By Sarah Wu
TAIPEI, Nov 4 (Reuters) – A senior Taiwanese security official told the government on Thursday that China had internally debated the possibility of attacking the Pratas Islands of Taiwan, but will not do so before 2024, the year that China’s mandate ends. President Tsai Ing-wen.
The director general of the Office of National Security, Chen Ming-tong, did not say how he knew that the move had been discussed or why it would not come in the next few years.
The Chinese Defense Ministry did not immediately respond to a request for comment on Thursday.
Taiwan, a self-governed island claimed by Beijing, has been complaining for more than a year about repeated military demonstrations by the Chinese air force, often in the southwestern part of its air defense zone, near the Pratas Islands, controlled by Taiwan but less defended.
Situated roughly between southern Taiwan and Hong Kong, some security experts consider the Pratas vulnerable to Chinese attacks due to its distance – more than 400 kilometers – from mainland Taiwan.
China has accused Taiwan, and its most important international defender, the United States, of the tensions that are taking place in the Taiwan Strait.
“Attacking and capturing the Prat Islands – a scenario in which war is used to force (Taiwan) into talks – we believe this will not happen during President Tsai’s term,” Chen told a parliamentary meeting.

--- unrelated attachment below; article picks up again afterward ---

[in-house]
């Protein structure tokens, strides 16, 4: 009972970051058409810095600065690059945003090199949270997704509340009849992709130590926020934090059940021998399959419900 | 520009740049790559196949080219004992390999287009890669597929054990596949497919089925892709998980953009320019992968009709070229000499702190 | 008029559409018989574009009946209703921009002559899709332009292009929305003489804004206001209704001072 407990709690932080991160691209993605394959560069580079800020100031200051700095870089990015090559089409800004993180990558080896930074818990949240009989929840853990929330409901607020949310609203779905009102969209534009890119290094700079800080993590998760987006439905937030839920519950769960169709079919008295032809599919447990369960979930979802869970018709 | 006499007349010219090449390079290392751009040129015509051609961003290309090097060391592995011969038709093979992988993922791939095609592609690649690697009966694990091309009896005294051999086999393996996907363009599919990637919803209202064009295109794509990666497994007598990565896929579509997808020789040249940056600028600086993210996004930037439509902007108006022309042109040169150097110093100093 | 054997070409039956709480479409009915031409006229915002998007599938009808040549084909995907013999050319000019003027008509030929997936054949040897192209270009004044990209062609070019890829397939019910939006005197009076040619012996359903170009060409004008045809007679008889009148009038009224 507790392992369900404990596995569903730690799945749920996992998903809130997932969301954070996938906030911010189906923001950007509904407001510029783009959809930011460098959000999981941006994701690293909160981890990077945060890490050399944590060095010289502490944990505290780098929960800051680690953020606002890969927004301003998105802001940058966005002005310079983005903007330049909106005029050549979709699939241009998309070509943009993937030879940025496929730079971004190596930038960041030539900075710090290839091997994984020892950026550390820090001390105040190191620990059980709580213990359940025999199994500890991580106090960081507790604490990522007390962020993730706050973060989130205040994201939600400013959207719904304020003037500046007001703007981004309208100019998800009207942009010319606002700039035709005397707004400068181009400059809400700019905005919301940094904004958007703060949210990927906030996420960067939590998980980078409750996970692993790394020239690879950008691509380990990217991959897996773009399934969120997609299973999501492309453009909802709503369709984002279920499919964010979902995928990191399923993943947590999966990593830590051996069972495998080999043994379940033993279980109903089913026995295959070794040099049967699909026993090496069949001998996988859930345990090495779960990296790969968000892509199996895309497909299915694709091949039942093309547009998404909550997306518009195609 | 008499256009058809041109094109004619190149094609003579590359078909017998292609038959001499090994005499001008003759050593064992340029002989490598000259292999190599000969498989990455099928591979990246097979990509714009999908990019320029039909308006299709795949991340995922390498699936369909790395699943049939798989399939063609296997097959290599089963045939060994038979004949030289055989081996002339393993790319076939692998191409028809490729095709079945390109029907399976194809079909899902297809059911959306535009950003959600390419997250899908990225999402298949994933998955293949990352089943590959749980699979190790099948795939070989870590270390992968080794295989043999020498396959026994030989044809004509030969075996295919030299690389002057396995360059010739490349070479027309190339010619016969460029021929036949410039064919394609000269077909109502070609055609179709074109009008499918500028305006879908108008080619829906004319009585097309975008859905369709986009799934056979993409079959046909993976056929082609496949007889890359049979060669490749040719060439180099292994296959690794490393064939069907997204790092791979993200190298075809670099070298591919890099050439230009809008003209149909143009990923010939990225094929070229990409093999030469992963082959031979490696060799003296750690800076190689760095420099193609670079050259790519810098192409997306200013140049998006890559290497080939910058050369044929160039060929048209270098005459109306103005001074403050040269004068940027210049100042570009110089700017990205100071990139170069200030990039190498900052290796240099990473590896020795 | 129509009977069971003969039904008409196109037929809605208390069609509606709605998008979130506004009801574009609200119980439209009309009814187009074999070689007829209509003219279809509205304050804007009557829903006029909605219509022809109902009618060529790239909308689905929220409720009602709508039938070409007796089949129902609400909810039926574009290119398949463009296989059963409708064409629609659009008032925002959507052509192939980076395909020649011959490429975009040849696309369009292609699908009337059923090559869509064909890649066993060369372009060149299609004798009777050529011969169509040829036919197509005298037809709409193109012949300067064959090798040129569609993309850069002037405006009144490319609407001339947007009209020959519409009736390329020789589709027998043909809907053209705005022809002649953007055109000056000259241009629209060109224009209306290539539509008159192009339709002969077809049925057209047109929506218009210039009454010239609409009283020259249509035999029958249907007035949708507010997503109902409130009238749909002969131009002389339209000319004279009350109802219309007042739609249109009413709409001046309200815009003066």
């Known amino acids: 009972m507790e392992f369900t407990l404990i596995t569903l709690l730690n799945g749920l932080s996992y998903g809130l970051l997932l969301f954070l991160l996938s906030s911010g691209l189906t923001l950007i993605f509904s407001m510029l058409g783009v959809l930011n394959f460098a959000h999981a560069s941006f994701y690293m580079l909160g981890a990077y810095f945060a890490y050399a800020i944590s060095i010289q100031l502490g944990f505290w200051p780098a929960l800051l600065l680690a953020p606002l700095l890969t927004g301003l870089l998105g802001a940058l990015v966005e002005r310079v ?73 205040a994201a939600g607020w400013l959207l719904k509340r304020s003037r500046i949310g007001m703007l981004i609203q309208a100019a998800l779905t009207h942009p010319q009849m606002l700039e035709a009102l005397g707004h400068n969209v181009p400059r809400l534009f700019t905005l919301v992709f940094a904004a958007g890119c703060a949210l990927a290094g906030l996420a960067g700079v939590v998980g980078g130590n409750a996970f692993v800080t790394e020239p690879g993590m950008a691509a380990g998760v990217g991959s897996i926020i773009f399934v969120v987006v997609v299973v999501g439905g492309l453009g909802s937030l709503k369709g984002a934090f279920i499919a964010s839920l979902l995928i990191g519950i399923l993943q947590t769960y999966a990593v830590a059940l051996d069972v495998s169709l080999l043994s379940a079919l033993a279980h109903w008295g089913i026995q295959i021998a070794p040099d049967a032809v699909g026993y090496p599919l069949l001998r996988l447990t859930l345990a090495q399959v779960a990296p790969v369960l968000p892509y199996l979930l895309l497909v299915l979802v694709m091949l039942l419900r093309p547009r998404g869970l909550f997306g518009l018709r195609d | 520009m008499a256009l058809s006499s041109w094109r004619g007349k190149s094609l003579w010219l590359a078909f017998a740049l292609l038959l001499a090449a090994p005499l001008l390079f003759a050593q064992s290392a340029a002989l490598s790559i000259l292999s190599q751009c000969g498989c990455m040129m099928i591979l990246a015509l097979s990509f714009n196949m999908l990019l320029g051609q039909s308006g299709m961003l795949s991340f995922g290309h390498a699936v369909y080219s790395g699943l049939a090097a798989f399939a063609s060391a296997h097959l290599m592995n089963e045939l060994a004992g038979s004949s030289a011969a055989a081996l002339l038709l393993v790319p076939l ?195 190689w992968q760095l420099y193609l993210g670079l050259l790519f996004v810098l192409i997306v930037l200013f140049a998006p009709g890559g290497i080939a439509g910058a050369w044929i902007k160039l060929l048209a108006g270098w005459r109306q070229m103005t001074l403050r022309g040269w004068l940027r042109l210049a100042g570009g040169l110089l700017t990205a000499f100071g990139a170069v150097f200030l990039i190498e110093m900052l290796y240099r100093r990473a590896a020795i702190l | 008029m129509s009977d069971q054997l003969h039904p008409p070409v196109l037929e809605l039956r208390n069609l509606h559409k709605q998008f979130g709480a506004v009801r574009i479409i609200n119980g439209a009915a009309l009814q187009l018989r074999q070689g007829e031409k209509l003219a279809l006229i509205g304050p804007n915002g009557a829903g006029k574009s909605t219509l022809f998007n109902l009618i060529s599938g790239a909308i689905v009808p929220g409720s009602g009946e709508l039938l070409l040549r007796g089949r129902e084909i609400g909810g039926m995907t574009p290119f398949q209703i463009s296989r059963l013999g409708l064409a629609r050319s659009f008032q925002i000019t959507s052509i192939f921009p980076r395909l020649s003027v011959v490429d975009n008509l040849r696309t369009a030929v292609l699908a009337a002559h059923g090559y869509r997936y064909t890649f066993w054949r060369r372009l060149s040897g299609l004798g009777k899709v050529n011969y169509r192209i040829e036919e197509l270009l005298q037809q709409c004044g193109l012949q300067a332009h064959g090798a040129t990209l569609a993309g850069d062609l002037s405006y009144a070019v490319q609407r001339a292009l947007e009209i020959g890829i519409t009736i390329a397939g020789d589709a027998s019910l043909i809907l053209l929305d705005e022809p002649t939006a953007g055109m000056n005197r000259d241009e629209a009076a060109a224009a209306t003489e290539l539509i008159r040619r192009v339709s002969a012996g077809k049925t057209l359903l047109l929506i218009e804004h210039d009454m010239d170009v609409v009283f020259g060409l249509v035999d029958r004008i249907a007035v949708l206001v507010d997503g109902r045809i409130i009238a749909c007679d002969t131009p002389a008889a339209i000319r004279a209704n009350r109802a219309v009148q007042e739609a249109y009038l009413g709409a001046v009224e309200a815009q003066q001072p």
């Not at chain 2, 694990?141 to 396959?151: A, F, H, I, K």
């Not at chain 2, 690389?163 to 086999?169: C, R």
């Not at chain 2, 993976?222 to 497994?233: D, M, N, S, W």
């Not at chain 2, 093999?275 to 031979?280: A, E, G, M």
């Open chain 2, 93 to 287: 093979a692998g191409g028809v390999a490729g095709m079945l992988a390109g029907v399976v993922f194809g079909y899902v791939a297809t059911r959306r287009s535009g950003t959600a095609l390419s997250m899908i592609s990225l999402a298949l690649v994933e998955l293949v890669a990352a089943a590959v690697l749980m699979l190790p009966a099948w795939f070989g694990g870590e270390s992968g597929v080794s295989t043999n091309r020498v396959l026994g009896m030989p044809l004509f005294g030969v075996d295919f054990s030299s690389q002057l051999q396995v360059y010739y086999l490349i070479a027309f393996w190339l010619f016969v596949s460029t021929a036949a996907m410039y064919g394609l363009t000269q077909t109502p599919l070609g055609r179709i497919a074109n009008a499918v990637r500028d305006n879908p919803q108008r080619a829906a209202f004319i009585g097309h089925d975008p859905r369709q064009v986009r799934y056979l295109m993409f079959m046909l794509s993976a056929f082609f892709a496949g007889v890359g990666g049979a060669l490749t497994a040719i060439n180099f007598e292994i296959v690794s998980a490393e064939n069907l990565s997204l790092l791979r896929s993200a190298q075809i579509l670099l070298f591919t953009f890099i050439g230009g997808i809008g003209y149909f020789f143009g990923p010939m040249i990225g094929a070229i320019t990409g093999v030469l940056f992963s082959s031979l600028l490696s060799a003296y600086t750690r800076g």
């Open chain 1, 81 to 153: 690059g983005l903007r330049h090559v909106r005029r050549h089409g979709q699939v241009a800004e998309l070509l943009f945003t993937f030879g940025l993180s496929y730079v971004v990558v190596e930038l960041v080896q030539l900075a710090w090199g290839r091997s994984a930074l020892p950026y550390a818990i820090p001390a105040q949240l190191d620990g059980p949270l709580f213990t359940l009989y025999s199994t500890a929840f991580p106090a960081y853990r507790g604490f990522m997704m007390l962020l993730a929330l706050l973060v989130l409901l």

Chen was responding to a question from a parliamentarian from Taiwan’s main opposition party, the Kuomintang, on whether China would strike before 2024, when Tsai’s second term is due to end.
“Frankly, they’ve discussed it internally before,” Chen said, referring to China, but without detailing or mentioning when that discussion took place. “Obviously, we have some understanding,” he said.
Taiwan has repeatedly said that it wants to maintain the “status quo” with China, but vows to defend its freedom and democracy.
In Washington on Wednesday, General Mark Milley, the head of the United States Joint Chiefs of Staff, said that China is unlikely to try to take Taiwan militarily in the next two years, even if its military develops capabilities that allow it to capture the island. (Report by Sarah Wu and Yimou Lee with additional information from Yew Lun Tian in Beijing. Edited in Spanish by José Muñoz and Marion Giraldo)